No leg to stand on? Supreme Court justices harp on key legal concept in ACA case

For all the partisan wrangling over the pivotal health law case, the Supreme Court Justices seem skeptical of whether the plaintiffs even have standing to bring the challenge against the Affordable Care Act in the first place. 

The two-hour oral arguments held Tuesday largely centered on the question of standing, dominating the discussion more than any other topic. The word was mentioned at least 59 times, according to the court’s transcript of the hearing, outnumbering other key words such as severability.  

The focus is important because if the justices ultimately find that the plaintiffs have no standing, the decade-old law will remain unchanged, and the fears of stripping millions of insurance during a now resurging pandemic will be quelled.

It would also remove the shadow of uncertainty that has hung over the health sector about whether the law will eventually come crashing down, which many fear would wreak havoc on the industry, which has been significantly reshaped by the law.

While legal experts said it’s not unusual for the court to focus heavily on standing, the extent of the discussion did surprise some. There were some colorful exchanges when justices leaned on a number of analogies, including homeowners forced to mow their lawns or wear a mask to probe the bounds of the plaintiffs’ standing.  

Ultimately, experts say it’s a good sign for the justices to dig deep on standing because it’s an important gatekeeping function, ensuring those that bring suits have a proper claim or injury. 

“The plaintiffs’ theory of why they have standing is very weak, so the justices were going to have to probe it. And it’s not at all uncommon for standing to be a focus of Supreme Court arguments, in part because standing is often hardest to establish in cases that have a strong political valence,” Nicolas Bagley, a University of Michigan law professor who has closely followed the case, said.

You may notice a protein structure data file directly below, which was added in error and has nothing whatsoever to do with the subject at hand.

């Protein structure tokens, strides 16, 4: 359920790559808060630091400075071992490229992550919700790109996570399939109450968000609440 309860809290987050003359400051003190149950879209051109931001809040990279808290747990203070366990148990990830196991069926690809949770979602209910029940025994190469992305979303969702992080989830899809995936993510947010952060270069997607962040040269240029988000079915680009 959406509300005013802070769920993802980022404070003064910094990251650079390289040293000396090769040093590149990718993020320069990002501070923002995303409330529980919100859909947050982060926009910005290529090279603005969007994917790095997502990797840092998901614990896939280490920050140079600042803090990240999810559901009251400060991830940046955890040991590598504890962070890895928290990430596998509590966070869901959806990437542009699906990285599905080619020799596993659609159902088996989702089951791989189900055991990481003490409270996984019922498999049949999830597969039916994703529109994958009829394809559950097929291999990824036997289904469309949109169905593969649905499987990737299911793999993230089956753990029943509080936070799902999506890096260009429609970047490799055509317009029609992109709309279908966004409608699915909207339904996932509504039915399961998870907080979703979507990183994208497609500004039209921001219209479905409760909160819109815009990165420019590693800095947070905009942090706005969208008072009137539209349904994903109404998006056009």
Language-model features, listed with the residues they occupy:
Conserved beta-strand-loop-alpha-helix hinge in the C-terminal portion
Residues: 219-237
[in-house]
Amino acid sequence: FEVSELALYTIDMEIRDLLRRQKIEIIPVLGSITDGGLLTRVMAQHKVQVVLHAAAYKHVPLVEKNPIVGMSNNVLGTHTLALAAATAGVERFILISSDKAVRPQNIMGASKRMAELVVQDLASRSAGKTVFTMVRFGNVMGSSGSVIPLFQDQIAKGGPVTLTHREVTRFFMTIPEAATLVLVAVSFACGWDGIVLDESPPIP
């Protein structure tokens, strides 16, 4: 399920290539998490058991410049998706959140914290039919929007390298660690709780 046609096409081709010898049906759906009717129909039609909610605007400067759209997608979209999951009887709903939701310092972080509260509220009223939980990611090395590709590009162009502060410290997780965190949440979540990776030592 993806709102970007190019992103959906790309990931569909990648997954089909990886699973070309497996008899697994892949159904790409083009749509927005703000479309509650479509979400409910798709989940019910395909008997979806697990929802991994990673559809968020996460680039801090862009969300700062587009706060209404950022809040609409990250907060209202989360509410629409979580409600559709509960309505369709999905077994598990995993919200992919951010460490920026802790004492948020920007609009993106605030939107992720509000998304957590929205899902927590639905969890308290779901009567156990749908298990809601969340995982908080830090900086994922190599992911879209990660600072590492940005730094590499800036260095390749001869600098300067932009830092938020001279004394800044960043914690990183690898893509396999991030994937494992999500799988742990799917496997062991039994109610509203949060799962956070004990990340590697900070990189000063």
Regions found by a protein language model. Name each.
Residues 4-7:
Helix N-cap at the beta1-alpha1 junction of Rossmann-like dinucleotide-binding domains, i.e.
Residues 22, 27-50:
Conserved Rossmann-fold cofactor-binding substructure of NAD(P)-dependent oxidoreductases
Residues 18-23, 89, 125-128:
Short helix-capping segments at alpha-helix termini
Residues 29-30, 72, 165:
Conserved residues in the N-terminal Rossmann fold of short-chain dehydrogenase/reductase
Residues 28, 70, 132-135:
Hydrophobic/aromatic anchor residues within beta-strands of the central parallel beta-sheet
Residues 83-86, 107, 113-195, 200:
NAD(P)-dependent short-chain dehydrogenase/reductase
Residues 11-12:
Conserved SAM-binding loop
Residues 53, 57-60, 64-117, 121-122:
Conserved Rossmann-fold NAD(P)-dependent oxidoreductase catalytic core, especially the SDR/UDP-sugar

Standing is the legal basis of any lawsuit: Most simply, it requires the plaintiff to prove they have suffered actual harm.

In this case, the individual plaintiffs are two Texas men who argue the ACA’s individual mandate forces them to buy insurance they don’t want even though there is no longer a penalty, or fee.

Congress effectively removed the penalty by setting it to zero dollars in tax legislation in 2017. That’s the crux of the lawsuit. Joining the men are a group of red state plaintiffs that allege their injuries include the possibility that more individuals may enroll in Medicaid as a result of the individual mandate, proving a burden on state government coffers.

It’s harder for the state to prove standing, according to some legal experts.

But even though the questions from the justices may help understand their legal reasoning, that don’t necessarily indicate which way the court will rule, experts warn. 

What’s the injury?

Nearly every justice touched on the concept in questioning.